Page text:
Speaker 1: (38:11)
Are you gate keeping her
Speaker 3: (38:15)
Or I will cut you if you do start one. No, that's not what I'm trying to say. Um, I will just
Speaker 1: (38:21)
Speaker 3: (38:21)
Them. There you go.
Speaker 6: (38:23)
If you wanna start a podcast, you talked to Eric KA.
Speaker 3: (38:26)
Um, I think that there are, there is room for a lot of people to start their podcast. You know what, and this is, uh, a sad note to mention, but um, the success that Sue had had before, before she passed. Yeah,
Speaker 1: (38:39)
Lets talk about dine out Pierce county.
Speaker 3: (38:40)
She had a full-time job, um, and former food critic for the news Trin. So had a lot of followers, um, and around her full-time job just did amazing food coverage of Pierce county had, um, an active Instagram, had a website that was regularly updated, great blog posts, um, reviews, blog posts, interviews, um, and had a, a model of, um, revenue where, you know, it was, um, Paton, right? Yep. It was, it was, it was donations through that. And um, I mean, if you look at the number, you know, she had a huge fan base and she had a lot of people supporting her. Um, and that's the kind of thing that I do think a lot of people could do her, her passing. Um, we're recording this in on March 7th, which is just a few days after, uh, her passing was a real loss to Tacoma. Um, real
Speaker 1: (39:34)
Shock to everybody. Yeah. Well I think like she is such a great example of, of what is possible when it comes to like local media and having a passion and, and covering it and earning the trust of diners and restaurateurs like, like she was, she was beloved.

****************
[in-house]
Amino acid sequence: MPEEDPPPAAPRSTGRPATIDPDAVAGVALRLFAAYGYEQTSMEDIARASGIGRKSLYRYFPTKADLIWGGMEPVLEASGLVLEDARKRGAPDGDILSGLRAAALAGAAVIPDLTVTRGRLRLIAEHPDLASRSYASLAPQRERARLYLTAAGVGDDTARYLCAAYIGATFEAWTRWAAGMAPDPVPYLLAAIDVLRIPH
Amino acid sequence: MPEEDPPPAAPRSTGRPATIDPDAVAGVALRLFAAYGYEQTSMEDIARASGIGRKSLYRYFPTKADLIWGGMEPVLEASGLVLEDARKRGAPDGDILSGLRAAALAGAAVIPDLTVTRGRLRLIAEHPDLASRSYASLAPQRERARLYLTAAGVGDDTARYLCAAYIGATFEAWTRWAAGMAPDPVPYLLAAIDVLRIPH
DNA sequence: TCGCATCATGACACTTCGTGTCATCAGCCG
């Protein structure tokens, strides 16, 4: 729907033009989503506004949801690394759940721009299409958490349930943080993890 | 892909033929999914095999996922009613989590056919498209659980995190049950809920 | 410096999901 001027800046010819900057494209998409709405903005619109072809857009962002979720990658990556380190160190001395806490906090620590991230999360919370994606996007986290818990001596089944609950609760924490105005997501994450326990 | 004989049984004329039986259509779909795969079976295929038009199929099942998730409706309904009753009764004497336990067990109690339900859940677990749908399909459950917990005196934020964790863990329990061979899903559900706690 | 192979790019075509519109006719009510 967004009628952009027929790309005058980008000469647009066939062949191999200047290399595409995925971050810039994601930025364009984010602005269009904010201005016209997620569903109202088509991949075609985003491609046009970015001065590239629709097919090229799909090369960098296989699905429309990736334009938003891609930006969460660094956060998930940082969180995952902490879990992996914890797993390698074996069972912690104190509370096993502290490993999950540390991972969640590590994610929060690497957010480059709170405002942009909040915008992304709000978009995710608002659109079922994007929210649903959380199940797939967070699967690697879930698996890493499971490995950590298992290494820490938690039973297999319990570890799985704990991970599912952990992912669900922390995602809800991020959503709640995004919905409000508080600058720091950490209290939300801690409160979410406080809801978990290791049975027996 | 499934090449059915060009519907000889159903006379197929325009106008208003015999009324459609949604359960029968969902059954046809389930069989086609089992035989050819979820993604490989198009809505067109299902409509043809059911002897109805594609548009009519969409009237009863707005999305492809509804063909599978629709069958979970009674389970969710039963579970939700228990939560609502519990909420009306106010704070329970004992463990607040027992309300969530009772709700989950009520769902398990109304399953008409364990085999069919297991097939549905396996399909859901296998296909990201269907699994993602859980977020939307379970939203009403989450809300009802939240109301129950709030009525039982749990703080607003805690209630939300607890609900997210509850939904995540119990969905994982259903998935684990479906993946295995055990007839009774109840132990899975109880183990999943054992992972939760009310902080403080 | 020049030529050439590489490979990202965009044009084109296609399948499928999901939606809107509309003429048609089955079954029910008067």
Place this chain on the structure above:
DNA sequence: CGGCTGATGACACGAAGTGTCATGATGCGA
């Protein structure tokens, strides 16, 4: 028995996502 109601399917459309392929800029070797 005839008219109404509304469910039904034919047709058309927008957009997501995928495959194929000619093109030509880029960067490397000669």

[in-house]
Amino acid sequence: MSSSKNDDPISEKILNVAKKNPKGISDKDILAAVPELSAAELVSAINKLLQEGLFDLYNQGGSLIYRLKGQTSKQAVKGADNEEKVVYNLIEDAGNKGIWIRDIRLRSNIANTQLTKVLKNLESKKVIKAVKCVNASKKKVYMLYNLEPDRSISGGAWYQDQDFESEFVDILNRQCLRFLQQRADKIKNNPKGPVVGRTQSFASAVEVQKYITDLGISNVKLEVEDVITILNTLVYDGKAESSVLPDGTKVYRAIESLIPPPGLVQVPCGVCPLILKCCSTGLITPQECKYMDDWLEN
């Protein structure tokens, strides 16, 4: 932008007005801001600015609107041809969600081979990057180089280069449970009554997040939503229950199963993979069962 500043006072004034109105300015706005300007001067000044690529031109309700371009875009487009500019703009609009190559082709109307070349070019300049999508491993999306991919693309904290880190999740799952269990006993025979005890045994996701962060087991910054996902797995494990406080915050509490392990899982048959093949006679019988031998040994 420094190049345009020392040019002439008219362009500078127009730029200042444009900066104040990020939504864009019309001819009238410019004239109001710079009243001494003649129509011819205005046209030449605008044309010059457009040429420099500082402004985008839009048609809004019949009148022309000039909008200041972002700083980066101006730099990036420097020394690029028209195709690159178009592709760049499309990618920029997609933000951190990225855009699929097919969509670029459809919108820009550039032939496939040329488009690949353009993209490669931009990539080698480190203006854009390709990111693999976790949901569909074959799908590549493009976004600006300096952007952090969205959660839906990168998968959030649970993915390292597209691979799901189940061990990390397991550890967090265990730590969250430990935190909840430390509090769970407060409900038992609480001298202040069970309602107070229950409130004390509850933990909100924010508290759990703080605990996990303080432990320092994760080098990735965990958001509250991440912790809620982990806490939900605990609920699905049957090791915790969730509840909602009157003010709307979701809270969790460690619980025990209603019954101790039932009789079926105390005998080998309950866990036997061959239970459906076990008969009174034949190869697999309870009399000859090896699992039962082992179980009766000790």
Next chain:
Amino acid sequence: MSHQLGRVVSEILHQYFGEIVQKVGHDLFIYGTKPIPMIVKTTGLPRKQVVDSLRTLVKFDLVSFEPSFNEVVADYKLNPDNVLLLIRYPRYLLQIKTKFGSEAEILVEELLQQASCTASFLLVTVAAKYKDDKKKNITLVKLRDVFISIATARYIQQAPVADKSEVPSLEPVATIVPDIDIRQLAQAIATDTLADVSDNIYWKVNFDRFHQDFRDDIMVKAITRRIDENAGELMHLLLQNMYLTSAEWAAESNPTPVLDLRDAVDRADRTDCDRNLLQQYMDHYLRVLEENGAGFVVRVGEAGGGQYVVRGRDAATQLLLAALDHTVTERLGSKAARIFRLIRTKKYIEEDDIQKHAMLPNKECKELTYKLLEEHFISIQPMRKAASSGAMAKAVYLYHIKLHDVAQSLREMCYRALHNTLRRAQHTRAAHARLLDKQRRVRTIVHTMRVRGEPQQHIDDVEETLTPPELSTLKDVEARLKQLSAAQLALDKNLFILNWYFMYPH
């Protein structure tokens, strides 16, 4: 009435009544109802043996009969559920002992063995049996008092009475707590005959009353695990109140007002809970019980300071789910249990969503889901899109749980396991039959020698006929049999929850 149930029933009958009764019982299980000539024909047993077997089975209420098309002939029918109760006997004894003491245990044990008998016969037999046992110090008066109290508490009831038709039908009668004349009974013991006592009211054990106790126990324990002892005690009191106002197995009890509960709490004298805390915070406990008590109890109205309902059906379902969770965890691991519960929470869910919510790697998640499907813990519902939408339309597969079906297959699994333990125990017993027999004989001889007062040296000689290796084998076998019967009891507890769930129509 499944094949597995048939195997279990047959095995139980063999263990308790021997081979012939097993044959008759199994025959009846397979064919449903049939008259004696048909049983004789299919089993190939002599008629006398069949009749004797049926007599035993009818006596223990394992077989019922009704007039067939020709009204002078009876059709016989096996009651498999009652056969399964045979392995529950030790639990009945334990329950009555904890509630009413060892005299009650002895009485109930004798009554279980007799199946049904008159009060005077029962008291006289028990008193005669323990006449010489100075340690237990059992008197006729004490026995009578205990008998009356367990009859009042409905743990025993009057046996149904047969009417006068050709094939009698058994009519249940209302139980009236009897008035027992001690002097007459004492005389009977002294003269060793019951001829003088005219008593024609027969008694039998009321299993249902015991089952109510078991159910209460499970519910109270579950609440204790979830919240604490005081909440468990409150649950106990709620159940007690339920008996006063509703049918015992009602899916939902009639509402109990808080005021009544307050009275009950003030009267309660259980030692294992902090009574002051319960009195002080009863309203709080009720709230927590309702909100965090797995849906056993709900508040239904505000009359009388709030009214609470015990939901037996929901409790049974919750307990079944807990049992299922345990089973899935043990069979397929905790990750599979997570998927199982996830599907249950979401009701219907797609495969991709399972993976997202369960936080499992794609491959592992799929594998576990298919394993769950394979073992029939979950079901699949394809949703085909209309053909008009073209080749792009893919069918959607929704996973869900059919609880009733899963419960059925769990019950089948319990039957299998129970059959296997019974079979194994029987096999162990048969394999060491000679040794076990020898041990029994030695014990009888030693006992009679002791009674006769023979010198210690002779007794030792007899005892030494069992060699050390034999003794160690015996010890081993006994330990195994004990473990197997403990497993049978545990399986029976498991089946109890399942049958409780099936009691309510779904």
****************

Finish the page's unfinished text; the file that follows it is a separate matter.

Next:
Speaker 3: (39:52)
Yeah. She really put in the work. Um, she had, um, she, she just, she, she did it really, really well and it's, it's really sad. Yeah.
Speaker 1: (40:04)
Well, uh, do you feel like we have talked about the whole Tacoma media landscape,
Speaker 3: (40:10)
Um, you know, it's worth mentioning that like one of the reasons why I think one of the things that we didn't talk about was the fact that like all of this is happening in the umbrella of Seattle.
Speaker 1: (40:23)
Speaker 3: (40:24)
And so the Seattle times, which actually broke the EDRO story, as you mentioned yeah.
Speaker 1: (40:29)
And has done some great coverage of the
Speaker 3: (40:31)
Speaker 1: (40:31)
S done a
Speaker 3: (40:32)
As well, a lot of coverage of Tacoma, that's been really high quality. Um, the news stations, I think the Tacoma has, uh, the TV news stations has a real mixed relationship with those news stations because the feeling that a lot of people get is is that they only show up for the shootings. Um, that's not true. I mean,
Speaker 1: (40:53)
I mean, they've been here in the studio doing a story about channel 2 53.
Speaker 3: (40:56)
Right. So, so there there's a feeling, you know, I think, I think from the, the eighties and the nineties or the two thousands that, that like they only showed up for the bad news. Yeah. Um, and if you watch it, you do get a lot of, you know, Seattle focused news,
Speaker 1: (41:10)
But the TV know really does predominantly show up for bad news. Like that's
Speaker 3: (41:14)
TV, wherever they, wherever they do. Um, you know, evening magazine has one of, you know, one of their hosts lives here. And I don't know if it's attributable to him, but like, we look really good on evening magazine. Like we've got a lot of good stories about Tacoma, so cool stuff. Um, so I don't, you know, I feel like that, that that's a generalization that a lot of people feel, I don't think it's actually necessarily portrayed, but like we're in a really big region. Yeah. Um, and so that's one of the reasons why like Tacoma doesn't have its own TV, you know, channel or something like that, because like, it always makes sense to just cover the whole area. Yeah. Um, so a lot of the, these things are just carved out niches within that larger media ecosystem.